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Chiefs vs. Bengals Instabreakdown: An opportunity squandered for Kansas City

After a nearly flawless first half, Kansas City unraveled — blowing its shot at a third-straight Super Bowl.

AFC Championship - Cincinnati Bengals v Kansas City Chiefs Photo by Jamie Squire/Getty Images

Final Score: Cincinnati Bengals 27, Kansas City Chiefs 24

Offense (Bryan Stewart)

No words.

What started out as perhaps the best first-half playoff performance of Patrick Mahomes’ career ended with the worst second-half play the quarterback has perhaps ever shown.

In the first half, it was 21 points for Kansas City — and should have been more if not for a poorly-executed play right before the end of the first half. From there, it all unraveled. For the second time in the past month, the Chiefs only scored 3 points in the second half against Cincinatti.

Overall, the offense averaged 5.8 yards per play — an impressive total. Early on, the passing offense was virtually unstoppable; Mahomes threw for three touchdowns and no interceptions in the opening 30 minutes.

A team loss? Sure — but the offense should take the bulk of the blame. Poor execution to the highest degree got them in the final three-quarters of play. Mahomes looked completely unsure in his decision-making; plays were extended for far longer than they probably needed to be.

A huge, huge opportunity has been wasted by Kansas City. At minimum, the team had a clear path to another Super Bowl appearance. The offense choked it away. Period.

Offensive player(s) of the game: interior offensive linemen Joe Thuney, Creed Humphrey and Trey Smith

I haven’t given this nod to multiple players before — but at first glance, this group was the only set of Kansas City players that played a near-flawless game. Rushing lanes were available — and essentially, pressure never came up the middle to Mahomes. These three will return next year — but that is hardly something Chiefs fans want to think about right now.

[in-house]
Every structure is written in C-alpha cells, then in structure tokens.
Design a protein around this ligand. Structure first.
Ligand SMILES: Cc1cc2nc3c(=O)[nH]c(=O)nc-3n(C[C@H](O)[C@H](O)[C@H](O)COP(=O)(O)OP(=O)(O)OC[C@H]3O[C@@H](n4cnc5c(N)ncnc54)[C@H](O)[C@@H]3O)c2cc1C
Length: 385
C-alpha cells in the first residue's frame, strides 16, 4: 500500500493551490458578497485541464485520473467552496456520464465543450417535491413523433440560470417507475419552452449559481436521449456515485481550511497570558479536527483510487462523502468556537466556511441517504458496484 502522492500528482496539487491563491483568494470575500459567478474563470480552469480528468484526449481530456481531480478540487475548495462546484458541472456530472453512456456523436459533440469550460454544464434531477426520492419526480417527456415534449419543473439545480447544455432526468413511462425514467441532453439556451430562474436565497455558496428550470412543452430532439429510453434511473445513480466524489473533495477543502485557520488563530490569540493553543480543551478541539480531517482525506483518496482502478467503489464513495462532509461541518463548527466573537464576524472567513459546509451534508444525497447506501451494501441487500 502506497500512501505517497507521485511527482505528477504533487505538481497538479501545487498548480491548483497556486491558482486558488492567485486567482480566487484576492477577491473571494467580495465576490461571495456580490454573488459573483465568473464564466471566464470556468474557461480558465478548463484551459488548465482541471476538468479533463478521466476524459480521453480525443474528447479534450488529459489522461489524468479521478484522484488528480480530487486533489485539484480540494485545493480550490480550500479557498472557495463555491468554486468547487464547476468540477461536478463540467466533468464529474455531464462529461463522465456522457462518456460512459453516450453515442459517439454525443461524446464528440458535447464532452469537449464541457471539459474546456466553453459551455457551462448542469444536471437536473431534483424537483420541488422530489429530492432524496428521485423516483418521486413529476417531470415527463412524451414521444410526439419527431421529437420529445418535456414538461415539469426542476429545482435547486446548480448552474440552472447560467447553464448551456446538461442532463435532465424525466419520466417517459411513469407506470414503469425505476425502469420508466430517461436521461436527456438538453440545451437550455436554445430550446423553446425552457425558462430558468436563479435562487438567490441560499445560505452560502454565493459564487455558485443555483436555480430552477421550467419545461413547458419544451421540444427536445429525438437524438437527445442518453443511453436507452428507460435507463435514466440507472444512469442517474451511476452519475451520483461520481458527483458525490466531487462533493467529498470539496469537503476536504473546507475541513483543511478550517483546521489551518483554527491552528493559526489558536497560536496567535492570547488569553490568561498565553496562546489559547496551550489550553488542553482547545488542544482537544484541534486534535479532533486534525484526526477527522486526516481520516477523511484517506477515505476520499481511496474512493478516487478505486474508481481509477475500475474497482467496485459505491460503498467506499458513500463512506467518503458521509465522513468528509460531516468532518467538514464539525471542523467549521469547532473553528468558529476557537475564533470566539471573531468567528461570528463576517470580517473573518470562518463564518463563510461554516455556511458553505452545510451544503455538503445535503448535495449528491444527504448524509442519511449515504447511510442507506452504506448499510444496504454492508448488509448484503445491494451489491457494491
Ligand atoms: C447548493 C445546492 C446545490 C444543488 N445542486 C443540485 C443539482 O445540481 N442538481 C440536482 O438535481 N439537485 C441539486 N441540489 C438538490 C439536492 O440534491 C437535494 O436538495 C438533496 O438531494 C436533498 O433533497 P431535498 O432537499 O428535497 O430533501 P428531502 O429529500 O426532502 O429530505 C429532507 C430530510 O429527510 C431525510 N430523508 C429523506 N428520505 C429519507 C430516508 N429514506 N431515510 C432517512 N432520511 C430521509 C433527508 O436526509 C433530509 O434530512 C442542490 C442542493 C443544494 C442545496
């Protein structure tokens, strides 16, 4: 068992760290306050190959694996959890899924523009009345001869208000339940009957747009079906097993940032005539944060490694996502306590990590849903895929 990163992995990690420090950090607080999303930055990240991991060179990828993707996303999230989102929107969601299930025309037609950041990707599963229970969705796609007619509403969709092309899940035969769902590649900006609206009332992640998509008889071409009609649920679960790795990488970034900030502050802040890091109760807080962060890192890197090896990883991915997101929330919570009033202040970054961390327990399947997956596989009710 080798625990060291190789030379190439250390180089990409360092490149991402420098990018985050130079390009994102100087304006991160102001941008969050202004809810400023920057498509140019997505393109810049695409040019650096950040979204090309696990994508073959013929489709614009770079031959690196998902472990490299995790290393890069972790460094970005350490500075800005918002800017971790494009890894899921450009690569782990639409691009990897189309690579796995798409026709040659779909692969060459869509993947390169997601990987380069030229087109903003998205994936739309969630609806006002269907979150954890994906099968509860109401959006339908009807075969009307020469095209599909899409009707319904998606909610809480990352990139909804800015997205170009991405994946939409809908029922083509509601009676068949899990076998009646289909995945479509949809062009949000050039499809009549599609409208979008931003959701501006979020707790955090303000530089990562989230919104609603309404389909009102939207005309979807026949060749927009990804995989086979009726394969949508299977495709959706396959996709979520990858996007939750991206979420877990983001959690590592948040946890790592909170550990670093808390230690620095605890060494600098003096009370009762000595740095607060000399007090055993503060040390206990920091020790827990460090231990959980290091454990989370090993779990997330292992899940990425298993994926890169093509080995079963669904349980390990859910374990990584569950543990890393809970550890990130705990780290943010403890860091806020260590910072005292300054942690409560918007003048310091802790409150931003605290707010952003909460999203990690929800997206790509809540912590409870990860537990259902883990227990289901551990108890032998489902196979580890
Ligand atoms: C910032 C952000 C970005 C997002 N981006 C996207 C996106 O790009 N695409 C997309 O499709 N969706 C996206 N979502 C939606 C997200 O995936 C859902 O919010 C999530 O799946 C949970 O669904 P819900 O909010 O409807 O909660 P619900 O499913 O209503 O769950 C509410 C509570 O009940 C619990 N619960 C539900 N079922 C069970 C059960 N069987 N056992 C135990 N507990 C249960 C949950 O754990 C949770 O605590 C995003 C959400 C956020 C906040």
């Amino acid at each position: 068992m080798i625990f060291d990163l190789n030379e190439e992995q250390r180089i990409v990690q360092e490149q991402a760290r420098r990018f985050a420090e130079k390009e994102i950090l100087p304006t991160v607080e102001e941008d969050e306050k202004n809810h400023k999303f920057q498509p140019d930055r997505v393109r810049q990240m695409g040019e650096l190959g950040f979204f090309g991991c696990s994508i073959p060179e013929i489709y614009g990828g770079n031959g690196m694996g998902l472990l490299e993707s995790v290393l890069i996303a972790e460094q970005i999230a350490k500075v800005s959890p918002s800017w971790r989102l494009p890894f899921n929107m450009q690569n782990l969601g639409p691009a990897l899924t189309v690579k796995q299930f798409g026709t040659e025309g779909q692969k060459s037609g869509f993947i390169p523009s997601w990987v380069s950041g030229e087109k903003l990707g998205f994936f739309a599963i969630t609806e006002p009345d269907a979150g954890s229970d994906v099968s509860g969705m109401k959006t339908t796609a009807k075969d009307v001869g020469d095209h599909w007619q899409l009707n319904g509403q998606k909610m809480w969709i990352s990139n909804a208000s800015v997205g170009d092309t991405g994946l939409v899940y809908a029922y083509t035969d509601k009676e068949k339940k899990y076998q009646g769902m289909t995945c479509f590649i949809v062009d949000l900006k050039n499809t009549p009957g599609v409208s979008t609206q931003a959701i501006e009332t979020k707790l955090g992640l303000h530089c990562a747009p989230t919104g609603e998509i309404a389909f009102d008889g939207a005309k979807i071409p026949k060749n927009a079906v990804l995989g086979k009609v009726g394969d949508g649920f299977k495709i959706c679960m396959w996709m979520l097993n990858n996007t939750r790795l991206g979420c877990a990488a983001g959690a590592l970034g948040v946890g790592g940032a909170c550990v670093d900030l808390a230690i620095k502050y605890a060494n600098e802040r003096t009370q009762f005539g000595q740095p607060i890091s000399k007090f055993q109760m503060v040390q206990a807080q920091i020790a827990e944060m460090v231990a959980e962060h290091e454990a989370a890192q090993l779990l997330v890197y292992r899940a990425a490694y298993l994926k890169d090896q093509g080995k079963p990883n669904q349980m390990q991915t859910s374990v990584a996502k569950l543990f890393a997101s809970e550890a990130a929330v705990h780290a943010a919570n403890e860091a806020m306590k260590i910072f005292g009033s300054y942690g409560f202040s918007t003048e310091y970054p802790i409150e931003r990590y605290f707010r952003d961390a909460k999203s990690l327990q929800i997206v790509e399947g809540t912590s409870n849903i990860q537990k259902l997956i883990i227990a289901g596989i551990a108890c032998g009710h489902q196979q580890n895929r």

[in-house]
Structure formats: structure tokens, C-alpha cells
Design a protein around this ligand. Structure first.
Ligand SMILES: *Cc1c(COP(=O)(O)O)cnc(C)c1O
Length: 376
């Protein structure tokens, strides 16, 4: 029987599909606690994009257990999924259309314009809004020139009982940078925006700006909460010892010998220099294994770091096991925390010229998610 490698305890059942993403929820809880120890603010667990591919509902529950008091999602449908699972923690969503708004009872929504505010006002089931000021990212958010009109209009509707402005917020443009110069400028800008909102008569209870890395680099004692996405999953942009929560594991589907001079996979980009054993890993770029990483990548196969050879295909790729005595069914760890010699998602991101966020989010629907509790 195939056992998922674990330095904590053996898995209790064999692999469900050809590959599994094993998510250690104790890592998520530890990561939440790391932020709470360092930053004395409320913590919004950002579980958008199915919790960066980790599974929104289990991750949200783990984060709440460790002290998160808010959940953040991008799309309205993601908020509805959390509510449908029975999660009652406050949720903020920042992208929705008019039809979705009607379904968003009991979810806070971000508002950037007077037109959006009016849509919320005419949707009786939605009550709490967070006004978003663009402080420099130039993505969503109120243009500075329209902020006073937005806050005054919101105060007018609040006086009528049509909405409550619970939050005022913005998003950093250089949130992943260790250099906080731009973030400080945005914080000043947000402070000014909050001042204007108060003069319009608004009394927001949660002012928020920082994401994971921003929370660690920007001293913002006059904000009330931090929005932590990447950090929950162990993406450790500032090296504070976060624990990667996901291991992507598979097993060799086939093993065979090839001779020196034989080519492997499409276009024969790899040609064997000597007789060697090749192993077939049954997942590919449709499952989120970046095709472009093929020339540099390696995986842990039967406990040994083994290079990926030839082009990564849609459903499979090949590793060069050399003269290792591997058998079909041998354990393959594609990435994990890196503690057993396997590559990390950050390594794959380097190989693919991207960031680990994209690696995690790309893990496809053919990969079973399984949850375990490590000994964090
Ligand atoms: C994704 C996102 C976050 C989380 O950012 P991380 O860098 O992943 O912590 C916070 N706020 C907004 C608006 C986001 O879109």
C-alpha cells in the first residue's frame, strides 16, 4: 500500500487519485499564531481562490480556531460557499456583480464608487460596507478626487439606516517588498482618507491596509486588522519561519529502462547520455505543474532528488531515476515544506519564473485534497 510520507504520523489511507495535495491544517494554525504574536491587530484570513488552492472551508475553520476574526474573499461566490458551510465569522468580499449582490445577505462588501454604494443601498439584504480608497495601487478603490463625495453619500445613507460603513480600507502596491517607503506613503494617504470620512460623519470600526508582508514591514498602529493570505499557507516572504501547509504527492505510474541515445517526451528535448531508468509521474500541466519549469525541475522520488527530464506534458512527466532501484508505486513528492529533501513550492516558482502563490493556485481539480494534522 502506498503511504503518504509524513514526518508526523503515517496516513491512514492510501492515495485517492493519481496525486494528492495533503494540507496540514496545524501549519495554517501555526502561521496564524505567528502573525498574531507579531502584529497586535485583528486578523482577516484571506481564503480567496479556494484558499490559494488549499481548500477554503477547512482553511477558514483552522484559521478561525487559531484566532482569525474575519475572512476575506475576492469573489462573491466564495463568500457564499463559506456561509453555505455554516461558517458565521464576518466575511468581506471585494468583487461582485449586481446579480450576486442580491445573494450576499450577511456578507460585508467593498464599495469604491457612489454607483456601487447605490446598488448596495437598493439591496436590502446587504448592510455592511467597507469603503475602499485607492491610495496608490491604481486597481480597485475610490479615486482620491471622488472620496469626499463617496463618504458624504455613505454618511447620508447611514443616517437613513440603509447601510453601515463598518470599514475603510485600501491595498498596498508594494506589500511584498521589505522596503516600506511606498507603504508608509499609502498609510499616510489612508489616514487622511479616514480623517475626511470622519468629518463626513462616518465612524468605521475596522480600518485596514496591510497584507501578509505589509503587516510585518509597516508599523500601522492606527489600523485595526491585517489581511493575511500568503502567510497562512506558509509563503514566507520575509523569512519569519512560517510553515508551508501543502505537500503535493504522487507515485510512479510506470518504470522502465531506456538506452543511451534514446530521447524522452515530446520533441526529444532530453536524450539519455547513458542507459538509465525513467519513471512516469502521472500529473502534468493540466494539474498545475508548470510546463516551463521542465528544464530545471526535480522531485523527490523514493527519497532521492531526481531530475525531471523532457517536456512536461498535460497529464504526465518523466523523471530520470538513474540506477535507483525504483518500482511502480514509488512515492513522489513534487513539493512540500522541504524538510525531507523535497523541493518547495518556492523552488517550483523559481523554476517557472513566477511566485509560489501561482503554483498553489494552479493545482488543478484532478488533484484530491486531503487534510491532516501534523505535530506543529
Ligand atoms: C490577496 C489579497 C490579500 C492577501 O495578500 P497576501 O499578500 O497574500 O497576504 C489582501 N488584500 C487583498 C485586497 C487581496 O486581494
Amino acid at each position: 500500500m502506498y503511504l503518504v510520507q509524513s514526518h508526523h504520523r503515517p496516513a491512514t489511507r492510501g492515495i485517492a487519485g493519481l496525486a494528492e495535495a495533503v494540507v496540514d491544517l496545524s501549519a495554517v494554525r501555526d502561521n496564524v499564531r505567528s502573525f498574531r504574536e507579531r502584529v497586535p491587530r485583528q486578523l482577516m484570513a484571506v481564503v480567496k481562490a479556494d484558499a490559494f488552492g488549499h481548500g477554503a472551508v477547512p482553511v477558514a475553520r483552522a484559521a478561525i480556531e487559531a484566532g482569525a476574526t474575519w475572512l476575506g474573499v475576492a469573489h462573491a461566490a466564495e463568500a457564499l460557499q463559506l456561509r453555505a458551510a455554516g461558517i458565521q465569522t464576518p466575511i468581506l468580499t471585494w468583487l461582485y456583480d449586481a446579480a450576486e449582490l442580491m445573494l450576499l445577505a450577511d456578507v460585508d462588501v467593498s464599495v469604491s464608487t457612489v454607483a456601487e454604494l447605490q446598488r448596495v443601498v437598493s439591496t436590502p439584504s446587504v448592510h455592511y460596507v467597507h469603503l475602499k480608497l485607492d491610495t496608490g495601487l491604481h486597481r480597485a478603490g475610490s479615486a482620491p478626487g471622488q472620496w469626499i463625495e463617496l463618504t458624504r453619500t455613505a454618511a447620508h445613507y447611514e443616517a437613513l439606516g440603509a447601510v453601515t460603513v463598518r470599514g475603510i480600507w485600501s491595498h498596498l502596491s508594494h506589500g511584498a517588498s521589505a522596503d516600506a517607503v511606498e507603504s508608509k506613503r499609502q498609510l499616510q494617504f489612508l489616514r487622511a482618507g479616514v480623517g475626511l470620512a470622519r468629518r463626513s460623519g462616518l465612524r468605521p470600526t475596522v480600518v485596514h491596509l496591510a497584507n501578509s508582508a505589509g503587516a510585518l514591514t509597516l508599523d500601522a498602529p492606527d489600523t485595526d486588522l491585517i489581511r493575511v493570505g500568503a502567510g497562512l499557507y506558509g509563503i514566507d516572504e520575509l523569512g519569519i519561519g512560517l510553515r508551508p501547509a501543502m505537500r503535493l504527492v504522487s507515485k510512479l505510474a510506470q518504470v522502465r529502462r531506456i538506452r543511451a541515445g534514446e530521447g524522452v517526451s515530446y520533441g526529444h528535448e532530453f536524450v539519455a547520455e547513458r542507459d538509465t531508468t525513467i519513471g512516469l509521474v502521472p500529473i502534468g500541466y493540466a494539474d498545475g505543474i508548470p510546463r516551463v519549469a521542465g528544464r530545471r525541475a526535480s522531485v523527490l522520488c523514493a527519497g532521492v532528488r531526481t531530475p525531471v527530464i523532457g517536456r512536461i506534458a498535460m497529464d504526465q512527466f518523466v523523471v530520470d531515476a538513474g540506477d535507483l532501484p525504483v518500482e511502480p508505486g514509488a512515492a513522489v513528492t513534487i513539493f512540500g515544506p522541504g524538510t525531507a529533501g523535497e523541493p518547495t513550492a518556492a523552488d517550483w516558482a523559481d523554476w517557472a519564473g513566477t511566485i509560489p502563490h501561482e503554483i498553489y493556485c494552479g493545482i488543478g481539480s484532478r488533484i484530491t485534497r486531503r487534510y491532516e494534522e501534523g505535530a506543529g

Defense (Talon Graff)

The Chiefs' defense was well aware of the numbers that Bengals wide receiver Ja’Marr Chase put on them during Week 17 — and from the start, and Chase was a major focal point of the defense. While they did hold him in check for much of the game, he was able to find some life in the second half. But in this game, Tee Higgins was the wideout for whom the secondary had no answer. To defend Chase, the defense consistently put safety help over the top — which allowed Higgins to take advantage. Tyrann Mathieu’s availability for this game also played a big part in keeping Chase from doing the same type of damage. With his future in Kansas City up in the air, this may have been his final dance with the Chiefs.

A week after the Tennessee Titans sacked quarterback Joe Burrow nine times, the Chiefs were only able to take Burrow down once — by Melvin Ingram. Chris Jones had Burrow in his grasp but was somehow unable to finish the sack. The defensive line was expected to perform much better than they did against an offensive line that was — on paper — very outmatched. The Bengals used quick passes and screens to counter the rushing efforts. Samaje Perine scored on a pivotal screen pass that proved to be a big part of the outcome.

Joe Mixon was able to get chunk runs that wore down the Chiefs’ defense. Burrow was dangerous with his legs, converting big third downs with them. The lack of a dominant presence around the line of scrimmage for the defensive front hindered the ability to stop the Bengals from their comeback win.

Defensive player of the game: linebacker Willie Gay Jr.

Gay, Nick Bolton and Anthony Hitchens each played a solid game. Gay made more than one big play; he was one of the key contributors on the defensive side. Both he and Bolton have looked special — and in the coming years, should lay a foundation for a strong linebacking corps — but on Sunday, Gay stood out. He did his part — and his role will only increase as enters his third season with Kansas City. His ability to utilize his athleticism to make plays in space — and behind the line — make him a game-changer.